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SQL Server backups contain meta-data about the size of the original log (LDF) file.

So if you backup a database that has a 5GB LDF file, when you restore it, you will get an (empty) 5GB LDF file. This often isn't needed (because the log file of the restored database contains practically nothing)

Often this causes problems with database restores on busy dev servers with not much space left if people *cough* haven't been too careful about shrinking log files before making the backup.

Is there any way to restore a SQL Server backup but tell it "Dont bother making that empty 5GB LDF file, thanks" ?

marked as duplicate by Jon Seigel, StanleyJohns, Max Vernon, Remus Rusanu, Mark Storey-Smith May 12 '13 at 4:28

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migrated from stackoverflow.com May 11 '13 at 3:18

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  • I would characterise "needing to restore a backup" as a common thing programmers need to do, hence I would claim this question falls under "software tools commonly used by programmers". Thanks. – codeulike May 9 '13 at 12:45

No, there is no way. Restores really is meant to recreate the original database that was backed up. There are tools that allow you to query directly a backup w/o actually restoring it (Idera's SQL Virtual Database) but those are horrendously slow.

  • I believe the above answer is completely wrong. – Ian P May 9 '13 at 14:14
  • 1
    @IanP: no, is correct. – Remus Rusanu May 9 '13 at 14:15
  • See my answer, if I understand the original post yours is wrong: or tell me why my solution wont work? – Ian P May 9 '13 at 14:18
  • 3
    @IanP: you are restoring the 50Gb and then shrink. the question is whether you can restore w/o creating the 50GB file. – Remus Rusanu May 9 '13 at 14:19
  • The question is/was can you restore and eliminate or minimise the log file size, yours is the first mention of 50GB, still if you want to mak it up as you go along that ok by me. – Ian P May 10 '13 at 14:29

Simple answer, no. The database being restored must match the source database.

this is not the fix you seek (waives hand dramatically)


Well you might have to go through another step or two: restore on another server, shrink, backup, copy and restore. If you restore in simple recovery mode (or switch to simple recovery mode which can be done with the db online), the log database will be (or can be shrunk to) as small as it can get. You can then switch to full recovery when the finance department decides that the potential data loss cost is more expensive than the additional storage.... In SQL Server Management Studio, Rt mouse click on the database and select properties, then go to the options tab, second drop down list from the top. Then go to File sizes and shrink.... Wasn't even difficult, might be time consuming...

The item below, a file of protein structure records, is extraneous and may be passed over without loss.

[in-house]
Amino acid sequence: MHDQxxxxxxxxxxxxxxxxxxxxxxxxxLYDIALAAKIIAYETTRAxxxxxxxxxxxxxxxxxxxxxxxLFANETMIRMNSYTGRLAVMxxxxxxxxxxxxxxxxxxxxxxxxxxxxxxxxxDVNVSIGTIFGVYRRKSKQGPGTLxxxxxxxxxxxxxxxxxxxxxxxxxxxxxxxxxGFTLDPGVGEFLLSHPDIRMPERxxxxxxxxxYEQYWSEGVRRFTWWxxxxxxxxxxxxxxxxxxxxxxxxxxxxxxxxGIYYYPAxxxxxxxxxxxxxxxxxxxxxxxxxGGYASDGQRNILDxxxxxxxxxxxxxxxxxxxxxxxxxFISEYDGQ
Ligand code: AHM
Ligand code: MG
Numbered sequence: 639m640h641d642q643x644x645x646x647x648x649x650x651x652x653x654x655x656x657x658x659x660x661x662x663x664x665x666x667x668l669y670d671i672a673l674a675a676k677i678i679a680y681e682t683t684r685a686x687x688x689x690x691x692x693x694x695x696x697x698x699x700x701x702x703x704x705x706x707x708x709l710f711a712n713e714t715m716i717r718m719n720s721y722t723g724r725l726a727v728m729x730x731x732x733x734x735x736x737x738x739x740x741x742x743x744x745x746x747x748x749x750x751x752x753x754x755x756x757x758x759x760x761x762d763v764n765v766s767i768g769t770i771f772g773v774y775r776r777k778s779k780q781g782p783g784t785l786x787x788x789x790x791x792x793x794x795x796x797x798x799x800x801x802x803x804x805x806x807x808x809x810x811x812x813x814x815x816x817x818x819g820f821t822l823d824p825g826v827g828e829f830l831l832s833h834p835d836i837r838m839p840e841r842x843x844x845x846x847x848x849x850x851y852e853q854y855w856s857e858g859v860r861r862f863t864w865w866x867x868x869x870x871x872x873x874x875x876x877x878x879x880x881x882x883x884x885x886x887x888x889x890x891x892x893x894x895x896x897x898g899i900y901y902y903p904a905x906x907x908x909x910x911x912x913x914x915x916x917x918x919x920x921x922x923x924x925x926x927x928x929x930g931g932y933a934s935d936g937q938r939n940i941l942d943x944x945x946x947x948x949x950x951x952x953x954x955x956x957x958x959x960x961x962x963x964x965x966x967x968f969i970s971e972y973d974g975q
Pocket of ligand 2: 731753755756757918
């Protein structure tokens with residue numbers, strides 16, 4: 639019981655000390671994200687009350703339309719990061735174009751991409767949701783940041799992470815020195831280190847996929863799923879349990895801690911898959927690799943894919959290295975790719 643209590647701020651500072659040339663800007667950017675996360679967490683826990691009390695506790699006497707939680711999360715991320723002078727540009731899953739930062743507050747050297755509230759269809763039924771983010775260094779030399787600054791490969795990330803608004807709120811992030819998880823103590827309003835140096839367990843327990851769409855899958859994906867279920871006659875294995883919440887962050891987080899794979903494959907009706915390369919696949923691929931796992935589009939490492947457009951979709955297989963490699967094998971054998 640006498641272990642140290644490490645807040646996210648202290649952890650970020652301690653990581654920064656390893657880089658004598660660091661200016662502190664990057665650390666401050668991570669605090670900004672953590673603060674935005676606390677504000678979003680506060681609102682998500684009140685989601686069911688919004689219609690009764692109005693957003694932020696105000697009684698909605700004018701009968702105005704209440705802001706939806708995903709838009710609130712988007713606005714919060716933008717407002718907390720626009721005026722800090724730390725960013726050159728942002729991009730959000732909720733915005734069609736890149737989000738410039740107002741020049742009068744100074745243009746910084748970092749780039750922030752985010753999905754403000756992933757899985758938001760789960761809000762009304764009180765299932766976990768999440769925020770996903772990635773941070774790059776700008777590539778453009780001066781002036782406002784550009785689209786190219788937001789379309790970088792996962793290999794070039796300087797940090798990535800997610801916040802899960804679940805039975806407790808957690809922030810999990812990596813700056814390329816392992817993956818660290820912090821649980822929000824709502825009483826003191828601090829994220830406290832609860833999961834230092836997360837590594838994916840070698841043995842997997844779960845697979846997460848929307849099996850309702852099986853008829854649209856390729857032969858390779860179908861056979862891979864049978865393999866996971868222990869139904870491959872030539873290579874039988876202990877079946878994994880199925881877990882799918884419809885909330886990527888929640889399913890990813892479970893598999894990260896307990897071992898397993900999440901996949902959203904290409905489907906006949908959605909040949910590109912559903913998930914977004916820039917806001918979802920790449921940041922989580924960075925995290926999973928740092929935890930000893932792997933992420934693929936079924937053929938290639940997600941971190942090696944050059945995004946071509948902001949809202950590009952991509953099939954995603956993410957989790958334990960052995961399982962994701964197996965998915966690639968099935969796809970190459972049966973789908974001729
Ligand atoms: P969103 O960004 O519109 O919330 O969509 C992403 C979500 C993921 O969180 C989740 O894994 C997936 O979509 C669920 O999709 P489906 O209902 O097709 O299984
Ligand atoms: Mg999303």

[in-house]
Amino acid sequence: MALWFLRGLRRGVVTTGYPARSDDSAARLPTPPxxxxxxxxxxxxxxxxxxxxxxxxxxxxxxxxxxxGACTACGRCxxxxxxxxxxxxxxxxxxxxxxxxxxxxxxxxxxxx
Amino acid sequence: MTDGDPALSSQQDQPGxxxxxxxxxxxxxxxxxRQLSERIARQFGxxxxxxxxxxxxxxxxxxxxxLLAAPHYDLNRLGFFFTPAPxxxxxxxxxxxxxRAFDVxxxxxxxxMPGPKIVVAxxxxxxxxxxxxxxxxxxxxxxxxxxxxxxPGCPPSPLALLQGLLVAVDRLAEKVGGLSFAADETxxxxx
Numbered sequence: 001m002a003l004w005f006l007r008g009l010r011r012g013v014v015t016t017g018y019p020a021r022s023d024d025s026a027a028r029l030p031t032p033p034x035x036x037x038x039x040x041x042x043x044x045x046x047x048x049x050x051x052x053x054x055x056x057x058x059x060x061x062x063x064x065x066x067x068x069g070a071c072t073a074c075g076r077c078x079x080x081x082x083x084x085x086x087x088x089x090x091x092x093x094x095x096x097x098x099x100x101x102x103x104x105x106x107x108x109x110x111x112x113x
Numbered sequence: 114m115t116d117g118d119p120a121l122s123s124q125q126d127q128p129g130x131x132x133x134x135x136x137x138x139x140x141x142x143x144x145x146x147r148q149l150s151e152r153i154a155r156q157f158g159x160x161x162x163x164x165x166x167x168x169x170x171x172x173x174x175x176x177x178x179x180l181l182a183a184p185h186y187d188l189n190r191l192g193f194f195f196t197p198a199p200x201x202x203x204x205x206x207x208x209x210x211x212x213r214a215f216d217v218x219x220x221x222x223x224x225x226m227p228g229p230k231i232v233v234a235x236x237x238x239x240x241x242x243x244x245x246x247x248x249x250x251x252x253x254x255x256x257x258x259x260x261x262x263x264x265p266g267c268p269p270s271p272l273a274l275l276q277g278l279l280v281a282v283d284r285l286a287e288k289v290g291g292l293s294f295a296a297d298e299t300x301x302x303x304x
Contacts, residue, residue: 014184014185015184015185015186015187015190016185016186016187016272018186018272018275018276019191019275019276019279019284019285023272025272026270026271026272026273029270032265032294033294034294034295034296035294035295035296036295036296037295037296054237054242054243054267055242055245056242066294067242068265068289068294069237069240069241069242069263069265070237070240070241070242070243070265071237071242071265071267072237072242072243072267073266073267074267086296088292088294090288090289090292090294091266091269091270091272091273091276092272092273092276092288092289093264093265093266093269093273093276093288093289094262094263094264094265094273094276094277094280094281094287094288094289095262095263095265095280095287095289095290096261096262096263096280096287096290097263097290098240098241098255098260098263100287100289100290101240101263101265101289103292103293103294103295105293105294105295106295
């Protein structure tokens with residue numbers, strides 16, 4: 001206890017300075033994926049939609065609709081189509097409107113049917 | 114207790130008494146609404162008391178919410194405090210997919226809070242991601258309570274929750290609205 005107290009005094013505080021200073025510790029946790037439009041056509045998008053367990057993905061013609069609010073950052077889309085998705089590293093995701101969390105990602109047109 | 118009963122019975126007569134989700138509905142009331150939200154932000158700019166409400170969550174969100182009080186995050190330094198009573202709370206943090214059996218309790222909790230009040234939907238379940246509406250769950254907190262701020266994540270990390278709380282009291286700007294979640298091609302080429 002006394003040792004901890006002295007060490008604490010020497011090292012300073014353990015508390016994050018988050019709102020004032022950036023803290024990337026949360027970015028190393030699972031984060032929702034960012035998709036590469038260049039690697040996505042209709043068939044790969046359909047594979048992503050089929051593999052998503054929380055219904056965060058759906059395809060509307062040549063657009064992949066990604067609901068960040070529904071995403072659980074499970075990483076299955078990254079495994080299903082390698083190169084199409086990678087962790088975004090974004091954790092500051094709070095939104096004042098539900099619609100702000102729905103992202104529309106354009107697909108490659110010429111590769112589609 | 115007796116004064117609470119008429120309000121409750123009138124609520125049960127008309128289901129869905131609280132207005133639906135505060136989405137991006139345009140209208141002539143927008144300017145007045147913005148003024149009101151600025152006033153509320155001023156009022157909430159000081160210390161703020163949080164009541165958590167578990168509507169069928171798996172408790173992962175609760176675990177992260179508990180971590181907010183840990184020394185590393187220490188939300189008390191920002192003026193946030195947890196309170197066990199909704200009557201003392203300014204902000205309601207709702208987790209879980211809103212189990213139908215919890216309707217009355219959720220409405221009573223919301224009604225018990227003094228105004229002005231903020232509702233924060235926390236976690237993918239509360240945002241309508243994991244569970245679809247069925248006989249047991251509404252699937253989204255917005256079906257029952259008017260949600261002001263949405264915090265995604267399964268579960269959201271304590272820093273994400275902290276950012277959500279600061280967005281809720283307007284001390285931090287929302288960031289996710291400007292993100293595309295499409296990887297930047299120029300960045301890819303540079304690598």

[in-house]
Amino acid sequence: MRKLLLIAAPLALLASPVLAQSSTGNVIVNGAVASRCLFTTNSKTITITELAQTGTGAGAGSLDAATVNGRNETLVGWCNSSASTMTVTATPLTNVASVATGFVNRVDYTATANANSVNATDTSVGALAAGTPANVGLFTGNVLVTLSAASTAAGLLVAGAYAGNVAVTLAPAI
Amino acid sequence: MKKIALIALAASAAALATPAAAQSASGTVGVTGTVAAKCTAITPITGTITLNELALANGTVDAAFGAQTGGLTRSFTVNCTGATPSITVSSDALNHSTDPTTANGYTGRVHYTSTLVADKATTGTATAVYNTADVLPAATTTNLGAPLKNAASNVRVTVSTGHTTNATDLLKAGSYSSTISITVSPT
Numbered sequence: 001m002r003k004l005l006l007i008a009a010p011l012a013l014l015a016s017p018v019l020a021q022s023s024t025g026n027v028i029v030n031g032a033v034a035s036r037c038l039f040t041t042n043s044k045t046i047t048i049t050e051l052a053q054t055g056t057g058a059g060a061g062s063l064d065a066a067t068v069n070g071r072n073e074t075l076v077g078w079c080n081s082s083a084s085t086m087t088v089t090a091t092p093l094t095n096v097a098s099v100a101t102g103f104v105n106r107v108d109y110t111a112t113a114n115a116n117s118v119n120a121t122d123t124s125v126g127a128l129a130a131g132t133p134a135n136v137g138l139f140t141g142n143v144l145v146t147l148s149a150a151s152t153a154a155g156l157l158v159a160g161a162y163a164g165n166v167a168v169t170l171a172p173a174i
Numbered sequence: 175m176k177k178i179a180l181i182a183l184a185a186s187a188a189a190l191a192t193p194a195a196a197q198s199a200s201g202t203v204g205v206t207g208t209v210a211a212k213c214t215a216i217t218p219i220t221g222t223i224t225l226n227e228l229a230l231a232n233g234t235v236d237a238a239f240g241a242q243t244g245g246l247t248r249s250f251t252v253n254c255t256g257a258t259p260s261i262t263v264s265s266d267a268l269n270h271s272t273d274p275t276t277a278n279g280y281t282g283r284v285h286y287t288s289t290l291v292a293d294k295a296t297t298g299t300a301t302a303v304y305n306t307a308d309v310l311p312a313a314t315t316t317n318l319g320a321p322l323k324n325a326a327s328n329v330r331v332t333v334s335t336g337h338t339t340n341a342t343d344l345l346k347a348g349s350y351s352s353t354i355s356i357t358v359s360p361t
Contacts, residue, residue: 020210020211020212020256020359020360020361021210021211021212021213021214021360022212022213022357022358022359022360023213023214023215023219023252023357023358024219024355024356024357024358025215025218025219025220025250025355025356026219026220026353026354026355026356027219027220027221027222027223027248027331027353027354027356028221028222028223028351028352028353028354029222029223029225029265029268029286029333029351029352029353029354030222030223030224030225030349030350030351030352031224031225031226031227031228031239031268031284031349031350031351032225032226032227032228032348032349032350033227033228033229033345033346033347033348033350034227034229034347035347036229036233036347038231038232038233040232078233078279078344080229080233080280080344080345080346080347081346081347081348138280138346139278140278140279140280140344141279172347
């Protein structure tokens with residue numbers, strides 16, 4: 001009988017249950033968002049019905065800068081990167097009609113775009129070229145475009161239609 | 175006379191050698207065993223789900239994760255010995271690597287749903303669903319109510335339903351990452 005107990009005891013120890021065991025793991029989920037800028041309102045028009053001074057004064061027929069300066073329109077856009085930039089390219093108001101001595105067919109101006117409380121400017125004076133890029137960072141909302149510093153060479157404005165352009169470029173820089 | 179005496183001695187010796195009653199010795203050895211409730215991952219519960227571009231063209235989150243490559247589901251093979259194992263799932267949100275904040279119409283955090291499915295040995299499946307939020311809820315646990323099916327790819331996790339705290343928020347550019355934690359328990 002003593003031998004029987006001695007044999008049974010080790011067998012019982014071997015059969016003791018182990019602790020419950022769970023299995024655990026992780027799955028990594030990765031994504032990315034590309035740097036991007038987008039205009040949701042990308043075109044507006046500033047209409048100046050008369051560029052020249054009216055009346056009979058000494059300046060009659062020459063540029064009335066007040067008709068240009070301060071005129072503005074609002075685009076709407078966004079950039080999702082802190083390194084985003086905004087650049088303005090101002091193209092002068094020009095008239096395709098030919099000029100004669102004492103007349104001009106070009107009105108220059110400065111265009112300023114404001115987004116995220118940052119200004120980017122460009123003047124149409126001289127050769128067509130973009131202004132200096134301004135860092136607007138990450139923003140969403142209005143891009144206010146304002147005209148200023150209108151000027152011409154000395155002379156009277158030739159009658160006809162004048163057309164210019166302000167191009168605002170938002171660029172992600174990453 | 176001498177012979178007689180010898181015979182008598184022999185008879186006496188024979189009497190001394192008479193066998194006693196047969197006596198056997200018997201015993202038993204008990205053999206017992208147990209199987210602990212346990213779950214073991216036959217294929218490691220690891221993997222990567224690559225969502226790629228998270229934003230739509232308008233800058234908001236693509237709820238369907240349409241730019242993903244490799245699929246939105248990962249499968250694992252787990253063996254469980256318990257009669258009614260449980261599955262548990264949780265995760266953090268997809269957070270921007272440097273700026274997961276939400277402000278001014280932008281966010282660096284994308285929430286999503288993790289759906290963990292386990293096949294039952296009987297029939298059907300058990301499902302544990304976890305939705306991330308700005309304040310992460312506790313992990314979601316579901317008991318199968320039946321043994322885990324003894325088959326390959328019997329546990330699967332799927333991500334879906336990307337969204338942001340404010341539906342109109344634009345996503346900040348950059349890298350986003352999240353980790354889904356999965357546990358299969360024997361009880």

• I dont mean shrink an existing log, I'm talking about restoring a backup but not restoring the empty log file. – codeulike May 9 '13 at 14:18
  • And if you restore file by file somewhere, shrink, backup and restore on your limited drive? – Ian P May 9 '13 at 14:20
  • Yeah, that would work, but takes ages with a big database. I'm asking whether there's a better way, sounds like there isnt. However if you edit your answer to say 'restore on another server, shrink, backup, copy and restore' then it would qualify as a reasonable answer to the question I guess. – codeulike May 9 '13 at 14:50
  • Well I was thinking, was it possible, was it easy. Not was it quick!!! – Ian P May 9 '13 at 15:50
  • Actually, you can probably trim the time a bit by simply detaching copying and attaching files from the intermediate machine. Unless your using a backup restore that compresses on the fly. – Ian P May 9 '13 at 17:19

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